Viruses have always been with us, yet our knowledge of them is quite incomplete. They are so small and peculiar that it took many years for scientific consensus to agree that they existed at all.
In 1546 Girolamo Fracastoro wrote a classic description of measles when he theorised that the disease was caused by “seeds” (seminaria) that were spread from person to person. Despite these early considerations, from ancient times until the mid 19th century the prevailing theory of disease was miasmatic theory. Miasma was considered to be a poisonous vapour or mist. The belief held that most, if not all disease was caused by inhaling air, which was infected through exposure to corrupting matter like rotting vegetation. Many believed miasma was magical, and was able to change the properties of the air and atmosphere completely. In the mid of the 19th century the miasma theory was replaced by the germ theory of diseases and this was consolidated when the first images of viruses were obtained through the invention of electron microscopy in 1931.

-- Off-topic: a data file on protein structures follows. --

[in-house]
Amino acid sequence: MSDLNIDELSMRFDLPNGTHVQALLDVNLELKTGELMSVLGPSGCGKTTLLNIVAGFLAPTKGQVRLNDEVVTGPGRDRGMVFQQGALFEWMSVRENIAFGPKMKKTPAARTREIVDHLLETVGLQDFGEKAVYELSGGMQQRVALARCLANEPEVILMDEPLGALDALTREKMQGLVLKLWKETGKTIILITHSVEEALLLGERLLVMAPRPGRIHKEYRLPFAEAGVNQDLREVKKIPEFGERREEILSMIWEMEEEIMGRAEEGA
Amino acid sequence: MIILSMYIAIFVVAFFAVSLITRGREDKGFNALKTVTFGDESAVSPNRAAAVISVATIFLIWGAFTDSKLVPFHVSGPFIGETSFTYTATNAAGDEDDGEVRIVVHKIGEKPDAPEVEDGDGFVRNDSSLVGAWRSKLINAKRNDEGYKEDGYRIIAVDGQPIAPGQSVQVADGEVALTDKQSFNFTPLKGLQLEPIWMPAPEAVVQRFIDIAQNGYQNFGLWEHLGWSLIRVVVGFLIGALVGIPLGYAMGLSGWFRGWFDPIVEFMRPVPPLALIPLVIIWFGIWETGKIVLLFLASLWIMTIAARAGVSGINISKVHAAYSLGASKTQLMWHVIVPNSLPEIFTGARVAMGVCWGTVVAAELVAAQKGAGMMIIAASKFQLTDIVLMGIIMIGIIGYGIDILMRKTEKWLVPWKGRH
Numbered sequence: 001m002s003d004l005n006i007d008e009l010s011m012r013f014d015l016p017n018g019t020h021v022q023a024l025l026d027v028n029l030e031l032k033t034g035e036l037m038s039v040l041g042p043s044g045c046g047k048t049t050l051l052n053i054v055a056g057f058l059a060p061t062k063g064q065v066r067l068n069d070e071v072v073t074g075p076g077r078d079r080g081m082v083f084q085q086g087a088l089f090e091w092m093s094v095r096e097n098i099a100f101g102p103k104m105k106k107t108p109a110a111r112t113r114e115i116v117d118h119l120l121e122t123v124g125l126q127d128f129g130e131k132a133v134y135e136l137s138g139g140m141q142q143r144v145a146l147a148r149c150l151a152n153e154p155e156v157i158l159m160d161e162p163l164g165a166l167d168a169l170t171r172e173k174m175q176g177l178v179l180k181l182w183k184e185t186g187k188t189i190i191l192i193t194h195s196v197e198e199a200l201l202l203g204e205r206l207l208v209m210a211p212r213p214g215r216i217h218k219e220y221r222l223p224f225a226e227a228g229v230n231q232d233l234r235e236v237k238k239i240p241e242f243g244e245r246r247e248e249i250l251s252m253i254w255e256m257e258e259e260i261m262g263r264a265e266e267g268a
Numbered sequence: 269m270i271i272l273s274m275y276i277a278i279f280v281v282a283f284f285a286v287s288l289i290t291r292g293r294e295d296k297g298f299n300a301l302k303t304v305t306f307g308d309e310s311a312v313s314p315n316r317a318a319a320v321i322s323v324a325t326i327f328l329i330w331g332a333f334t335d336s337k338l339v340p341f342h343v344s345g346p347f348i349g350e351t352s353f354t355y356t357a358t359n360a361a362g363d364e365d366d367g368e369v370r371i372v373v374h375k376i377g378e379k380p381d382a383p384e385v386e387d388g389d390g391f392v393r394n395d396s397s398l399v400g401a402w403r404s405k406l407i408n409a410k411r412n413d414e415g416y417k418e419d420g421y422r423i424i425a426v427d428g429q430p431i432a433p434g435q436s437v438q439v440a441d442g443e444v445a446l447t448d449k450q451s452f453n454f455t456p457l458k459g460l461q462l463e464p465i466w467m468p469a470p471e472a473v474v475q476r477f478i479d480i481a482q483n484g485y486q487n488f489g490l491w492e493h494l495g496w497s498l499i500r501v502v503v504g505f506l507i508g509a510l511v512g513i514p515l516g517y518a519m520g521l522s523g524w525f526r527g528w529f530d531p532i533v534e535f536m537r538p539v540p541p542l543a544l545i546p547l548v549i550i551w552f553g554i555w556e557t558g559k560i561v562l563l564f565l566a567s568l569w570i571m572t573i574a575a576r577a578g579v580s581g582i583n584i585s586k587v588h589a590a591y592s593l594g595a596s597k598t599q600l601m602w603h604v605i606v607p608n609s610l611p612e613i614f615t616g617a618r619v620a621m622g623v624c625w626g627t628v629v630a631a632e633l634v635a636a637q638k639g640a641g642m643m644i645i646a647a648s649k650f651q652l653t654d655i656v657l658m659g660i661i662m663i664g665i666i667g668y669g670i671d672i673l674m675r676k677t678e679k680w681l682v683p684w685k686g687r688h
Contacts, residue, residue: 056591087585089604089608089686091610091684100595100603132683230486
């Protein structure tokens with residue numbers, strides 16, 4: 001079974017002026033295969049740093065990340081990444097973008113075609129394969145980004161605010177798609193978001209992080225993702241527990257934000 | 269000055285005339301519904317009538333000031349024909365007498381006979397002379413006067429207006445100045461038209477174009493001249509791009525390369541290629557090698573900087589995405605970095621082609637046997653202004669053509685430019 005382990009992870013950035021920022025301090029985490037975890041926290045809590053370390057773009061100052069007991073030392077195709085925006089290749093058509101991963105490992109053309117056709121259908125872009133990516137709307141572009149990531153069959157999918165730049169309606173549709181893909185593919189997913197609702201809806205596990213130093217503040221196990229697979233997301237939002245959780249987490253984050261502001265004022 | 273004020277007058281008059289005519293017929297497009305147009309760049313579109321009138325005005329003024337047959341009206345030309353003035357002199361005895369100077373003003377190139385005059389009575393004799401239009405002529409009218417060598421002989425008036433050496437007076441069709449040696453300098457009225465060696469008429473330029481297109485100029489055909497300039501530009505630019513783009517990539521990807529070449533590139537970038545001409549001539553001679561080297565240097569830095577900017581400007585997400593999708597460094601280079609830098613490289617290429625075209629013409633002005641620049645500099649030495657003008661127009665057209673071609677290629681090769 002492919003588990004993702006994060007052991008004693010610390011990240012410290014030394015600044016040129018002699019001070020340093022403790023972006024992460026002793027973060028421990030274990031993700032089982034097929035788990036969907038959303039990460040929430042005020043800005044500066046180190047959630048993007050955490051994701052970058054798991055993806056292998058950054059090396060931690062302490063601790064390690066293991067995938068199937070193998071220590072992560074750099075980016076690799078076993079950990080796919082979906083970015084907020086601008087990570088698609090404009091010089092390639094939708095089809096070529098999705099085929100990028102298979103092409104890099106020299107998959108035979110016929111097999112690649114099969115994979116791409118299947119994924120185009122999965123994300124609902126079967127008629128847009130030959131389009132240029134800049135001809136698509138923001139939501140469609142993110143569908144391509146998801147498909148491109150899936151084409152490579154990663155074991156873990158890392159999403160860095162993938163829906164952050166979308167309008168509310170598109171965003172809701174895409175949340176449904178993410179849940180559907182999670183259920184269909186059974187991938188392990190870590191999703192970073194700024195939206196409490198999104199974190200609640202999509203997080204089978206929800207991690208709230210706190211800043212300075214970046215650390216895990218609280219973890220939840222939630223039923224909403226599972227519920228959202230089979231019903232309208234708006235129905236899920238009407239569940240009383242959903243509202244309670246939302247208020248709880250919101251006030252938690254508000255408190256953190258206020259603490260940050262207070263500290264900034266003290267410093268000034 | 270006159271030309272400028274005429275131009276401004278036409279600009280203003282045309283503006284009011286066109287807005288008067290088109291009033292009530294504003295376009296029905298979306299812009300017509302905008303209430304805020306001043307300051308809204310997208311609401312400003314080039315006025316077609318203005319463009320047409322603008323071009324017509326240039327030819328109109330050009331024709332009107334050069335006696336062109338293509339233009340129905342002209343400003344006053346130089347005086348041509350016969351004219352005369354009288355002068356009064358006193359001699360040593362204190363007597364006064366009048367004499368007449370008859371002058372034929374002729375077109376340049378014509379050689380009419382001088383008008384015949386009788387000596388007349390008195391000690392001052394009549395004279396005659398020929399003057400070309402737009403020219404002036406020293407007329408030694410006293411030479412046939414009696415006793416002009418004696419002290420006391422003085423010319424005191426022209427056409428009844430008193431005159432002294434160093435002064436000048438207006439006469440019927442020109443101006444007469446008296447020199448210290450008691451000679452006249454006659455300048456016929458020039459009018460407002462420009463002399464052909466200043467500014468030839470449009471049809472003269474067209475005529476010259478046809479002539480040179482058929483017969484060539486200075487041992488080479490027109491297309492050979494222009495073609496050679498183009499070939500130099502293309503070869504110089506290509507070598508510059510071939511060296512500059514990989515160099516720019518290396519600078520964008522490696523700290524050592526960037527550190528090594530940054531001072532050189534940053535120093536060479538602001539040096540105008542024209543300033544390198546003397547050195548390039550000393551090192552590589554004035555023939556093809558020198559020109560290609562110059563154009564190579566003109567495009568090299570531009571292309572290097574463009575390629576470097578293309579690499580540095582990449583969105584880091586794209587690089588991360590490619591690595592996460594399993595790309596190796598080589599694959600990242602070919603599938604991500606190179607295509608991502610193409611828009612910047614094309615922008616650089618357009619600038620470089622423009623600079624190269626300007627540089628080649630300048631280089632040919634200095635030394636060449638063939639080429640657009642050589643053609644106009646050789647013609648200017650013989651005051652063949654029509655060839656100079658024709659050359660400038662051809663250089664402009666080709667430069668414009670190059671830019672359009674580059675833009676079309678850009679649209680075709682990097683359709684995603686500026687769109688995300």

After the existence of viruses was determined, the attention shifted to the origins of their existence, with some even believing in the unconventional Pseudo-panspermia hypothesis, which argues that the pre-biotic organic building-blocks of life originated in space and were distributed to planetary surfaces where life then emerged. Proponents of this hypothesis, Hoyle and Wickramasinghe, have speculated that several outbreaks of illnesses on Earth are of extraterrestrial origins.
Viruses have always had a reputation for being harbingers of death, however the sheer abundance of viruses that have recently been uncovered and their overwhelming presence in many ecosystems, has led modern virologists to reconsider their role in the biosphere. Viruses are the main agents responsible for maintaining the ecological balance of different species of marine blue-green algae and therefore adequate oxygen production for life on Earth.